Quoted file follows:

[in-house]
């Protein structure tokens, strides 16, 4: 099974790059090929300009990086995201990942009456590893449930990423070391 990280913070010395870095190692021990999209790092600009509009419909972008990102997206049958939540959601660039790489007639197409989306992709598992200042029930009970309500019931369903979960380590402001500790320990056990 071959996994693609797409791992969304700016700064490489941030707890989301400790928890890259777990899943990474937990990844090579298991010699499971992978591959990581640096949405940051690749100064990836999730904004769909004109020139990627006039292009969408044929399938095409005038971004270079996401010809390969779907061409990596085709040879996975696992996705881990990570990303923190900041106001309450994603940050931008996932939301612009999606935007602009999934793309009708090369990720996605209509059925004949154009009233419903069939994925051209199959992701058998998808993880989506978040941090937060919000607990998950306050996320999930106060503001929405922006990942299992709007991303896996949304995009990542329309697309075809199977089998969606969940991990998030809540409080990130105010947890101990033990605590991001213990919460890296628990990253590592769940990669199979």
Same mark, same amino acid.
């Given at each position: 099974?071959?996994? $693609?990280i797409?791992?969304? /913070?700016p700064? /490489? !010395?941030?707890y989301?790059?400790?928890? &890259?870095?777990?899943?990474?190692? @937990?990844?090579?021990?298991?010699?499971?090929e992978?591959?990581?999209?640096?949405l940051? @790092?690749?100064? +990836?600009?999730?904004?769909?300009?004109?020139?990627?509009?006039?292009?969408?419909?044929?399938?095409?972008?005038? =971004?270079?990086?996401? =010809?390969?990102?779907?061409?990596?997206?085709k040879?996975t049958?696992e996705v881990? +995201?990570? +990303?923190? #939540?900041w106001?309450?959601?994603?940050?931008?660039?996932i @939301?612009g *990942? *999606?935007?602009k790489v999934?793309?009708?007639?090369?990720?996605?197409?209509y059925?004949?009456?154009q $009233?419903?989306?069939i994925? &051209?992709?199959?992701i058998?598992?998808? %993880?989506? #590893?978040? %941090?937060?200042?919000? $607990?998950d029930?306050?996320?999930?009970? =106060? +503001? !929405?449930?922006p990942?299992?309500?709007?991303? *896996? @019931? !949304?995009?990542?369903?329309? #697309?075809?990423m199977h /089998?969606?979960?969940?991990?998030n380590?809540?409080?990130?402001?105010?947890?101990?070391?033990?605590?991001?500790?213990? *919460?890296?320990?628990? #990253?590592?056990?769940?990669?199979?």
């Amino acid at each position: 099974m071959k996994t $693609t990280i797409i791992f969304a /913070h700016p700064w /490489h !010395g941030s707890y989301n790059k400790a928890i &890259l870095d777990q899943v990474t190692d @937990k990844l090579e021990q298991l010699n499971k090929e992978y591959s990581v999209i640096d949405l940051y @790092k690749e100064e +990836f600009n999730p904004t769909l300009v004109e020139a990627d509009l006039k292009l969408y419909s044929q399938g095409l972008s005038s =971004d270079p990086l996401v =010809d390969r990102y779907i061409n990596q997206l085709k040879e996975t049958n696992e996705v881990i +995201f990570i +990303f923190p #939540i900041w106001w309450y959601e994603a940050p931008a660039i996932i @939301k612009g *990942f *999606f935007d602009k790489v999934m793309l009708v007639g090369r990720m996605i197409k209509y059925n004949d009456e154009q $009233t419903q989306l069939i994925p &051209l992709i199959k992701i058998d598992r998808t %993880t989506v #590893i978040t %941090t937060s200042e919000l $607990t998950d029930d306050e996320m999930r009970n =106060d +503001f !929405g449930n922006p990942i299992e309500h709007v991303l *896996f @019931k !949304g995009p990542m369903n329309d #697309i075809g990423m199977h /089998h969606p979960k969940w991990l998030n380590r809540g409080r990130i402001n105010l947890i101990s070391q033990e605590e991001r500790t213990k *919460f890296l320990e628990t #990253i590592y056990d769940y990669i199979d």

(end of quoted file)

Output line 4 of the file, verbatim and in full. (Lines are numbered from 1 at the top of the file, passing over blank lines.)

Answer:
């Given at each position: 099974?071959?996994? $693609?990280i797409?791992?969304? /913070?700016p700064? /490489? !010395?941030?707890y989301?790059?400790?928890? &890259?870095?777990?899943?990474?190692? @937990?990844?090579?021990?298991?010699?499971?090929e992978?591959?990581?999209?640096?949405l940051? @790092?690749?100064? +990836?600009?999730?904004?769909?300009?004109?020139?990627?509009?006039?292009?969408?419909?044929?399938?095409?972008?005038? =971004?270079?990086?996401? =010809?390969?990102?779907?061409?990596?997206?085709k040879?996975t049958?696992e996705v881990? +995201?990570? +990303?923190? #939540?900041w106001?309450?959601?994603?940050?931008?660039?996932i @939301?612009g *990942? *999606?935007?602009k790489v999934?793309?009708?007639?090369?990720?996605?197409?209509y059925?004949?009456?154009q $009233?419903?989306?069939i994925? &051209?992709?199959?992701i058998?598992?998808? %993880?989506? #590893?978040? %941090?937060?200042?919000? $607990?998950d029930?306050?996320?999930?009970? =106060? +503001? !929405?449930?922006p990942?299992?309500?709007?991303? *896996? @019931? !949304?995009?990542?369903?329309? #697309?075809?990423m199977h /089998?969606?979960?969940?991990?998030n380590?809540?409080?990130?402001?105010?947890?101990?070391?033990?605590?991001?500790?213990? *919460?890296?320990?628990? #990253?590592?056990?769940?990669?199979?």